Hands On: Nintendo Labo VR

Platforms: Nintendo Switch
Hands On: Nintendo Labo VR

Nintendo are old hands at the mobile VR game - their Virtual Boy, a 32 bit VR headset was released back in 1995 and was a commercial and critical failure. Jump forward quarter of a decade and the world has finally caught up - Oculus Rift and PSVR, alongside the HTC Vive all proved that the time of VR is upon us. Similarly, Samsung and Google have given us mobile based VR solutions that have been mildly successful but have failed to really break through.

It's clear that Nintendo's VR option takes elements from both ends of the spectrum and gives us a unique and exciting offering that doesn't break the bank.

We've spent the day in London at a behind-closed-doors hands on session with the Nintendo Labo VR - based on the gaming giant's push out and build cardboard kits, you could be forgiven for thinking this might be just another take on Google's Cardboard. But don't be fooled - this is as impressive an offering as Sony's all-singing-all-dancing kit and one that costs a fraction of the price. Even more interestingly, the possibilities that Labo brings for variety and interactivity makes this something we're really excited to see develop.

The camera was well made and would suit younger children

There are three sets being available at launch - the starter kit comes with the materials to build the headset and the blaster controller. It retails for £34.99 and is a fantastic introduction to the platform. Don't forget that not only does the kit give you access to the Blaster, it also gives you everything you'll need to be the soon-to-be VR enabled Super Mario Odyssey and Legend of Zelda: Breath of the Wild; which between them are enough justification to pick up the Labo VR alone!

Then there are two additional expansions that give you access to a variety of other constructions - the bird and wind set, and the camera and 'elephant' set - the latter of which includes our favourite application of the technology so far. There is also the 'Variety Kit' which gives you access to everything released so far.

We didn't get a chance to actually construct the models at the event - they were all there ready for us to try out in their final form; and as with other Labo constructions they were surprisingly solid and likely to withstand a fair amount of use before the cardboard finally gives up the ghost.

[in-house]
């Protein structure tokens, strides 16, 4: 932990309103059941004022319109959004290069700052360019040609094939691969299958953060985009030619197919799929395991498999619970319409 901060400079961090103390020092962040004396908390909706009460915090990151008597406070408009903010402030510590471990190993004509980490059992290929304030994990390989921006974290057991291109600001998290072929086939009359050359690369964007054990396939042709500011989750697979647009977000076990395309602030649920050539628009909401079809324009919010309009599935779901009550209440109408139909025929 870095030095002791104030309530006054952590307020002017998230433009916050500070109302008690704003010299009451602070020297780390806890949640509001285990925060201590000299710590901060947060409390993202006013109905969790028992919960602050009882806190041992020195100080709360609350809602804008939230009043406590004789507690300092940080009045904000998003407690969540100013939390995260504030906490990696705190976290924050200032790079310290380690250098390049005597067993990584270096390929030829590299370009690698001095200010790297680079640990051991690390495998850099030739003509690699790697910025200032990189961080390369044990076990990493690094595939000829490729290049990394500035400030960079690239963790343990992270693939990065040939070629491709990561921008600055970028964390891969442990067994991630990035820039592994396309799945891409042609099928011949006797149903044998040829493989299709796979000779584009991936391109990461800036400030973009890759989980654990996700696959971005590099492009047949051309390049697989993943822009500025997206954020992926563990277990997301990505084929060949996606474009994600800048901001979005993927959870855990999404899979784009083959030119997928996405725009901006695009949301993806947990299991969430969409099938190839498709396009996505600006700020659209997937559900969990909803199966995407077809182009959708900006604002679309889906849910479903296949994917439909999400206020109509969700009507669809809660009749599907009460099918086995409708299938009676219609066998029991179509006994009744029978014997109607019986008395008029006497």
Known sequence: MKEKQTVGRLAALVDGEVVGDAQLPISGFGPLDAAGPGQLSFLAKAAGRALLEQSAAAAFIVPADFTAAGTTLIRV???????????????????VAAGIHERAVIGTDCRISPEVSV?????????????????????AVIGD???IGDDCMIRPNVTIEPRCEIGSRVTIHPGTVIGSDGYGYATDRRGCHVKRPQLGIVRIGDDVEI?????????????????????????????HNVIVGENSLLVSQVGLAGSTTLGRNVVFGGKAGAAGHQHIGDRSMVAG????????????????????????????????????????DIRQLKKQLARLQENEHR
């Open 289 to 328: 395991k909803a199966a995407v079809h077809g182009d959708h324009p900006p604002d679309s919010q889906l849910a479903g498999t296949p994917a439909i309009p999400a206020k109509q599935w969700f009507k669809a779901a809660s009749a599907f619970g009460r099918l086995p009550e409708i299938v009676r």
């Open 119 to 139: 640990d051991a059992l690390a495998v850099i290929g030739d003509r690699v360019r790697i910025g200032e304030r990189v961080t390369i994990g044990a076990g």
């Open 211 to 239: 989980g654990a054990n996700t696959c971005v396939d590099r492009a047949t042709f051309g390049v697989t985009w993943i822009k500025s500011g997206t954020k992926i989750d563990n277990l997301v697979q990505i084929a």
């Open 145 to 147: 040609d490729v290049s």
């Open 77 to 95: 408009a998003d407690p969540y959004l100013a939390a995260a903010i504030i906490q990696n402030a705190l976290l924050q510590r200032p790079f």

The 'Elephant' gave an amazing amount of control of 'objects' in 3D space.

The headset comes with the plastic lens assembly that is surprisingly comfortable. There's no strap around your head and no wires to worry about - all of the weight of the unit is in your hand which alleviates a lot of the neck strain more advanced offerings can cause. It's also much easier to pop the Labo VR down to take a break; something that you'll find you'll need to do occasionally.

We've had a play with all of the options available in all of the kits and they all impress in different ways. There's something massively effective about having something other than a controller in your hands to immerse you in VR - there's a tactility that it brings, meaning you easily forget you're just holding cardboard in your hands. Reloading the blaster and firing at your targets feels right and allays some of the detachment that playing with a controller brings. We felt none of the motion sickness that playing on other VR units occasionally caused - but that may well be due to the nature of the Labo games and activities.

The Blaster probably offers the most immediate fun - there's something primal about taking out aliens and monsters who can come at you from any direction, but it's done in the cutest, most Nintendo, way possible. The camera kit is probably better suited to younger children and the underwater option is particularly impressive as fish swim all around you and come in closer as you feed them in order to set up the perfect shot.

The possibilities of Nintendo Labo VR are endless - we're really excited to see what other kits become available in the future

Most impressive of all though is the 'Elephant' - so described because of how it looks rather than the games it offers. There are two brilliant applications of this kit - one is a 3D design game that is really impressive and the other is a marble-based puzzler that allows you to manipulate objects remarkably accurately in 3D space. The combination of two joy-cons and their motion support alongside the camera built into one makes for some amazing tracking. It's the first thing that has truly wowed me in terms of enjoyment and possibility, rather than out of spectacle.

We'll be running a full review of the Nintendo Labo VR very soon. Suffice to say, we're impressed, and for Switch owners it truly is worth every penny.

Nintendo Labo VR is available to buy from 12th April

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